"...M700's don't have a Mauser action..." The Win 70 is based on the Mauser though.
    "...action into another rifle?..." You wouldn't. You build a rifle around the action, not the action around a rifle. In any case, building a rifle is not an inexpensive proposition.
  11. Atla

    Atla Well-Known Member

    Unless you're doing the work yourself, and you got the action for next to nothing, you'll spend more sporterizing than buying a new gun outright at a gunshow.

    For instance, you're looking between $10-20 per hole to be drilled/tapped. $40-55 for cut/recrown. $75ish for a bent bolt handle to be welded on. Say $100ish for a new finish...

    It stacks up.
  12. tbogh

    tbogh Member

    thanks for the input. it was just an idea. i don't mean to completely change the subject, but how is the savage 16, say in a .308? and i read somewhere that the barrel nut (not sure what it is) allows a person to change barrels chambered in another caliber easily, i was wondering what that is about. sorry for all the probably dumb questions, but i'm new to the world of rifles.
  13. dmazur

    dmazur Well-Known Member

    Savage = Do it yourself

    Even though I don't own a Savage, I came close. During my research, I believe I stumbled over the answer to this question.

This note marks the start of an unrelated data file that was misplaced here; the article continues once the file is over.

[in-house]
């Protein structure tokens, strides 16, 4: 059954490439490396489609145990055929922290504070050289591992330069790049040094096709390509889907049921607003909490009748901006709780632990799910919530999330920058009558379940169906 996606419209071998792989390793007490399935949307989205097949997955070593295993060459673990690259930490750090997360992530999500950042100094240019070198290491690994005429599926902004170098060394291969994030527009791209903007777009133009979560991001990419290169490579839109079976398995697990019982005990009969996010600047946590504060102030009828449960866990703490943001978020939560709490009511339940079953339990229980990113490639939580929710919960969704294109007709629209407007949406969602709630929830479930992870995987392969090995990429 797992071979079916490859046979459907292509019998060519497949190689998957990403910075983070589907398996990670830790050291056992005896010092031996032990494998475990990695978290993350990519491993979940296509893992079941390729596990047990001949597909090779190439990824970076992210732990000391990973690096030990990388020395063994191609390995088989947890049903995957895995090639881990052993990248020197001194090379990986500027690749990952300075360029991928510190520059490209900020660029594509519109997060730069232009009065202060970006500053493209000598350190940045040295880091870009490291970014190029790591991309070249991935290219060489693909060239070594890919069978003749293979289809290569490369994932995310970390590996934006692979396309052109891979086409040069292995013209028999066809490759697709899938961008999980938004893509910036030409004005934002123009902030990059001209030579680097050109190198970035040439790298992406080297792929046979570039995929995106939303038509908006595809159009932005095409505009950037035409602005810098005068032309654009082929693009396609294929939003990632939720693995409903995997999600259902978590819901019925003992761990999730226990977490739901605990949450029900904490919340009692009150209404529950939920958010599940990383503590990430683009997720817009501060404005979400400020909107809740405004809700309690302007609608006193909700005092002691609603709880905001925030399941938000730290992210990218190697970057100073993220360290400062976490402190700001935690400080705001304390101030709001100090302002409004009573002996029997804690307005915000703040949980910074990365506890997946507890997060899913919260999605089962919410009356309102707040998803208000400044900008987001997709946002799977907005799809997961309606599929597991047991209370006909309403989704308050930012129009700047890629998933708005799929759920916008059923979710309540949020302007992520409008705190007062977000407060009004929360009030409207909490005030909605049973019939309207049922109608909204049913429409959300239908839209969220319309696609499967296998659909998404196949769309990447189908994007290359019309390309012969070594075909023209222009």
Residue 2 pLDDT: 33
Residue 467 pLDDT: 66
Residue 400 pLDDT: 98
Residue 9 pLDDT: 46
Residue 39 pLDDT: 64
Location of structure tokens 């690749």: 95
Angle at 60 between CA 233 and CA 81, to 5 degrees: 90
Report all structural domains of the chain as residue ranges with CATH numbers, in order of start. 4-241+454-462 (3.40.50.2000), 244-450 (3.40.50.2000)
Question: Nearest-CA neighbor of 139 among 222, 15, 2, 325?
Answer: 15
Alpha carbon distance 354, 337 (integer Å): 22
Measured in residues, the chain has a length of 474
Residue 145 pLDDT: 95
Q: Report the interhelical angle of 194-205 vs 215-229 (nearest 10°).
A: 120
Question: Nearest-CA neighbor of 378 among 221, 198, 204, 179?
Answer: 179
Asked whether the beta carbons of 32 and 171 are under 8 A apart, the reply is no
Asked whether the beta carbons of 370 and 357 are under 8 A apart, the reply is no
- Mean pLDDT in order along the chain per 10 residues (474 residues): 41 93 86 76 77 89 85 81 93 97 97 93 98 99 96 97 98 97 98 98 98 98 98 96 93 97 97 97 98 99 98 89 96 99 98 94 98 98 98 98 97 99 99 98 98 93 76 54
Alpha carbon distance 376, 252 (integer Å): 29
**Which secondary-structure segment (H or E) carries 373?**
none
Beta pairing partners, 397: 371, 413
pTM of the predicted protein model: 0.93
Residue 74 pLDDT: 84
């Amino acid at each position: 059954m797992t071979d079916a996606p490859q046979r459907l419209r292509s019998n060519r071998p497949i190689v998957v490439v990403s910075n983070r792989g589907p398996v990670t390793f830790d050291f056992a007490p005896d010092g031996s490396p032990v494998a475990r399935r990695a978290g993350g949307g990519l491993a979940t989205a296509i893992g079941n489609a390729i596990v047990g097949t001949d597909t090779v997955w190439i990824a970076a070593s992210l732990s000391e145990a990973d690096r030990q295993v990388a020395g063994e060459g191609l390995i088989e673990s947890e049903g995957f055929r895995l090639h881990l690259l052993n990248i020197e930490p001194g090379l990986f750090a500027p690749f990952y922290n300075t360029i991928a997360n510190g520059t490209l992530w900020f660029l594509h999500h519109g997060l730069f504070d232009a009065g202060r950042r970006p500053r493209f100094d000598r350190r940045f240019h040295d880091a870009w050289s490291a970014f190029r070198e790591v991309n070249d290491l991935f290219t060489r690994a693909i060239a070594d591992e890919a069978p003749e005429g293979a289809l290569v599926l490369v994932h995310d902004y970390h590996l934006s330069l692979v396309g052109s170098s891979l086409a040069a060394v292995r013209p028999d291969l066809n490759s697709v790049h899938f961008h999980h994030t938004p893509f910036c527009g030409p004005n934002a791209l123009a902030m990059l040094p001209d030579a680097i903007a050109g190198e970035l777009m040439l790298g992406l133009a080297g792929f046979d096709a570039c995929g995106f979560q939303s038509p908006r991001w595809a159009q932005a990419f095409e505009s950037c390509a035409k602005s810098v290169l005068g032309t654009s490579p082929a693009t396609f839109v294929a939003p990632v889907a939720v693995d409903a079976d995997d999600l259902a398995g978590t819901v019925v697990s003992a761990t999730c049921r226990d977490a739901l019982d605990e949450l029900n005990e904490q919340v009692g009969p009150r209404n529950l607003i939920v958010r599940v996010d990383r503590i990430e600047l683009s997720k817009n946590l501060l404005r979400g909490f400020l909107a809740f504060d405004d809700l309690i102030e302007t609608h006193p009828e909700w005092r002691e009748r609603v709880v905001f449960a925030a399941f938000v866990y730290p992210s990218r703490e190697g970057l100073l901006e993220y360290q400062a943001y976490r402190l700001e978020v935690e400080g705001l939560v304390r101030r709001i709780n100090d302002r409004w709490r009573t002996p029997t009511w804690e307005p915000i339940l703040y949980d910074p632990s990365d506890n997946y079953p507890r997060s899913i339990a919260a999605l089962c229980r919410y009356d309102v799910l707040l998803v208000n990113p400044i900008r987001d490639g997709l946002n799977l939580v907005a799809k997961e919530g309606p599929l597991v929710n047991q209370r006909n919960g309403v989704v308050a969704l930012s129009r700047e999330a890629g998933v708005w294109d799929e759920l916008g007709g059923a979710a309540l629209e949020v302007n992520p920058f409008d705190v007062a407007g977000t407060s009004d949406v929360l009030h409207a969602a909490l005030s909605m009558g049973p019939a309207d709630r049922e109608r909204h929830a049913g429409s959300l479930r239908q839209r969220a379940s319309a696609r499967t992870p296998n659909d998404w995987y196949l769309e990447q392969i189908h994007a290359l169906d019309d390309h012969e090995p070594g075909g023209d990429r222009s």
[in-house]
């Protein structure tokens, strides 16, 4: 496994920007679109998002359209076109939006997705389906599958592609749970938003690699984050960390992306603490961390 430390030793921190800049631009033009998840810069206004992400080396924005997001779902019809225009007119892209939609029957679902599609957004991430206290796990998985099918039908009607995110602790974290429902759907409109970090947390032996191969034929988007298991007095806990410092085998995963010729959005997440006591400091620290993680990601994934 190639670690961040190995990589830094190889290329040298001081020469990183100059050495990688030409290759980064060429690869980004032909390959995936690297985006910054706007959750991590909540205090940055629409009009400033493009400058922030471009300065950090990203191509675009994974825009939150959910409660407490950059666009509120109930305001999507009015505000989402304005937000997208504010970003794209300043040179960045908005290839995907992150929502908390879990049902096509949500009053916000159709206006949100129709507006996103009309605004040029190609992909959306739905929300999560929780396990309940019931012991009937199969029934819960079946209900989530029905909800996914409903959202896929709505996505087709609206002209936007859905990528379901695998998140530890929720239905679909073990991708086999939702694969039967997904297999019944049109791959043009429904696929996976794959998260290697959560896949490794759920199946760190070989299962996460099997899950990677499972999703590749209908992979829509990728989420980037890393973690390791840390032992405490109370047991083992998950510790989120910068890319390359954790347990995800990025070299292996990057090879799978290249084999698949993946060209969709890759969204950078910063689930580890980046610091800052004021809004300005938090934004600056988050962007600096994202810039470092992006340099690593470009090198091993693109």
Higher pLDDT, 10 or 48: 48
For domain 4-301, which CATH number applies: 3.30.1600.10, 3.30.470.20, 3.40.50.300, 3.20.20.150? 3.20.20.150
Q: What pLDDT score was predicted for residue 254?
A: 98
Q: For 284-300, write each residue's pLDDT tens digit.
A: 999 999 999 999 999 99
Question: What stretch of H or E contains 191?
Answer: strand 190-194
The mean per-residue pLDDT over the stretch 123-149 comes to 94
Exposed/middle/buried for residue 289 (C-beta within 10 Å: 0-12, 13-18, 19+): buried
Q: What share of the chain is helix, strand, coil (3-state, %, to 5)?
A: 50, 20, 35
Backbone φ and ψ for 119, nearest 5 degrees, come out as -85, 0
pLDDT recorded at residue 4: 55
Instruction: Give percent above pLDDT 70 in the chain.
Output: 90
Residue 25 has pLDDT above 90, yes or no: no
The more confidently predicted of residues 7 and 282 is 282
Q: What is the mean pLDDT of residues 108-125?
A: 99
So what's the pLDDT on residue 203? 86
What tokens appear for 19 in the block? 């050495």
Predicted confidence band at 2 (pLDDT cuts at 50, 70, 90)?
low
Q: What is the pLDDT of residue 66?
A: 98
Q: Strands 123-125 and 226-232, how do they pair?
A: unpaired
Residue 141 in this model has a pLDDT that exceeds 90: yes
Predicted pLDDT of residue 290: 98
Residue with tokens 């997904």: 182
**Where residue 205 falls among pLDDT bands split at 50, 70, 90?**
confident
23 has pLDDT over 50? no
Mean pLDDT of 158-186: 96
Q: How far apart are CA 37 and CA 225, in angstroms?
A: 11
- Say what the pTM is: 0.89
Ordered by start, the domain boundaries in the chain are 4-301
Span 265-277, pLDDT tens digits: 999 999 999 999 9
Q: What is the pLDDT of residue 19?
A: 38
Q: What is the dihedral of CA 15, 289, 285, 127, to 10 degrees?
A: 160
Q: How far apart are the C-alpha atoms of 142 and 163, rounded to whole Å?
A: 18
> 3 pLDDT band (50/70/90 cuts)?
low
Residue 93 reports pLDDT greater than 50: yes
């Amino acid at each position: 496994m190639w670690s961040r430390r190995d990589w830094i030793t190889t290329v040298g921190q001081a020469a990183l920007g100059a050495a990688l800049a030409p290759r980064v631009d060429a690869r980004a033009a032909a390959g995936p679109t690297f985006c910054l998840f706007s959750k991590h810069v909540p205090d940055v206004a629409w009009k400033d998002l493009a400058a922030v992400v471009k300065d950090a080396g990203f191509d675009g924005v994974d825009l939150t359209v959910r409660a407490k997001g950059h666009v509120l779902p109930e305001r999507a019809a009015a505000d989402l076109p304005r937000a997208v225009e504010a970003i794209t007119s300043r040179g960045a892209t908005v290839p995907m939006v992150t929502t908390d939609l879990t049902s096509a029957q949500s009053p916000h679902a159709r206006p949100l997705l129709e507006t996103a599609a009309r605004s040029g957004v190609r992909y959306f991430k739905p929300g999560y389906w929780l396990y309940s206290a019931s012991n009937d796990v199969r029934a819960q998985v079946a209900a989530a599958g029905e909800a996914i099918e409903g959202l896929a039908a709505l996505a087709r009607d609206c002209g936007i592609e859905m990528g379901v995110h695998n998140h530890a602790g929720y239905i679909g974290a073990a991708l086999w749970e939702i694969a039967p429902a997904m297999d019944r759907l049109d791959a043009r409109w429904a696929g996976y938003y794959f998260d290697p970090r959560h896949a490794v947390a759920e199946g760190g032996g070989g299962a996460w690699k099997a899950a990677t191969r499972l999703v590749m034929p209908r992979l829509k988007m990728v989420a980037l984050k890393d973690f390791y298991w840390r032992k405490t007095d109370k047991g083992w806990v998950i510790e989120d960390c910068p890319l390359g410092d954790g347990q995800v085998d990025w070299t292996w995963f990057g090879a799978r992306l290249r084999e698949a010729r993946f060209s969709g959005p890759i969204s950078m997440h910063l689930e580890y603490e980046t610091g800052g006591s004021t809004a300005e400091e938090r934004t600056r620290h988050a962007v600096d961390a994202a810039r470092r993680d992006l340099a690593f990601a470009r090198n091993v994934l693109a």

(You may need to look up "Headspace" in the THR Library)

    For a conventional rifle (Winchester, Remington, etc.) the barrel is threaded to match and then screwed into the end of the receiver, torqued correctly, then the chamber (which was cut deliberately short) is reamed to length for correct headspace. This all requires a lot of tools, and usually the services of a gunsmith (unless you are a machinist...)

    For a Savage, the barrel is attached to the threaded receiver with a barrel lock nut. Basically, the barrel can be adjusted until headspace gauges show you have the correct headspace. No machine work. This is handy not only for changing calibers, but for replacing a worn-out barrel in the same caliber.

    Provided the action length is the same (such as .308 and .243) and the bolt face is the same, changing calibers can be as simple as changing barrels. I believe you can get into magazine feed problems if you get too far afield in cartridge dimensions.

    Someone who has actually done a Savage barrel change may have a better explanation, but I think what I've related is the heart of the matter.
  14. IndianaBoy

    IndianaBoy Well-Known Member

    If you are new to the world of rifles you would be best served by buying a savage rifle chambered in 223, put some good glass on it, and shoot it a lot with an emphasis on good shooting.

    Worry about barrel swaps much later.
  15. MachIVshooter

    MachIVshooter Well-Known Member

    The Comission rifle is not a Mauser either. You have essentially likened the M700 to the Carcano.
  16. Twig

    Twig Well-Known Member

  17. R.W.Dale

    R.W.Dale Well-Known Member

    Nice try but first off a 798 isn't a 700

    Secondly, It may have remington stamped on the BBL, but they had nothing to do with production.

    The 798 is a rebranded Zastava Mauser that's made in the Czech Republic
  18. Twig

    Twig Well-Known Member

    I want to try one though the 799 that is the 7.62x39 looks fun.
  19. R.W.Dale

    R.W.Dale Well-Known Member

    Personally I have yet to handle one, But many who have report poor fit and finish. For the price the CZ527 is probably the better bet for only slightly more $$$

    Another Mauser action might I add.